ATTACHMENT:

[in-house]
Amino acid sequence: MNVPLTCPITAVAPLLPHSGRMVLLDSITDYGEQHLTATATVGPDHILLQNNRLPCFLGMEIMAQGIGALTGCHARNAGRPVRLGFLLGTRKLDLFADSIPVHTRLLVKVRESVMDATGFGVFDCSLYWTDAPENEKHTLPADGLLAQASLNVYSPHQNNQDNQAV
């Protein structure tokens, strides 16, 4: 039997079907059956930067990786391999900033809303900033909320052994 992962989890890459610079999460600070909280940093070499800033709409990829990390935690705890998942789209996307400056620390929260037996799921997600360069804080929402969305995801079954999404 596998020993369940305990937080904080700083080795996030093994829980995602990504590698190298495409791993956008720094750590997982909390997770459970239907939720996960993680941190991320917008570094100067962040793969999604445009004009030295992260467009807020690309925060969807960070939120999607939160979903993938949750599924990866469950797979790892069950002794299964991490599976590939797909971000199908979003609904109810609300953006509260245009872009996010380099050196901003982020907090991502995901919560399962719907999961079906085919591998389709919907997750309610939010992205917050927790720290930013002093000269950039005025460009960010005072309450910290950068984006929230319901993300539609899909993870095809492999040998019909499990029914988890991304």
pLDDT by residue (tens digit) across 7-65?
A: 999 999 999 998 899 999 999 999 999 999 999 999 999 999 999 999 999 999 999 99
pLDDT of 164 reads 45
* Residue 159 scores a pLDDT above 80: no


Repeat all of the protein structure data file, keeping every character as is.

[in-house]
Amino acid sequence: MNVPLTCPITAVAPLLPHSGRMVLLDSITDYGEQHLTATATVGPDHILLQNNRLPCFLGMEIMAQGIGALTGCHARNAGRPVRLGFLLGTRKLDLFADSIPVHTRLLVKVRESVMDATGFGVFDCSLYWTDAPENEKHTLPADGLLAQASLNVYSPHQNNQDNQAV
């Protein structure tokens, strides 16, 4: 039997079907059956930067990786391999900033809303900033909320052994 992962989890890459610079999460600070909280940093070499800033709409990829990390935690705890998942789209996307400056620390929260037996799921997600360069804080929402969305995801079954999404 596998020993369940305990937080904080700083080795996030093994829980995602990504590698190298495409791993956008720094750590997982909390997770459970239907939720996960993680941190991320917008570094100067962040793969999604445009004009030295992260467009807020690309925060969807960070939120999607939160979903993938949750599924990866469950797979790892069950002794299964991490599976590939797909971000199908979003609904109810609300953006509260245009872009996010380099050196901003982020907090991502995901919560399962719907999961079906085919591998389709919907997750309610939010992205917050927790720290930013002093000269950039005025460009960010005072309450910290950068984006929230319901993300539609899909993870095809492999040998019909499990029914988890991304």
pLDDT by residue (tens digit) across 7-65?
A: 999 999 999 998 899 999 999 999 999 999 999 999 999 999 999 999 999 999 999 99
pLDDT of 164 reads 45
* Residue 159 scores a pLDDT above 80: no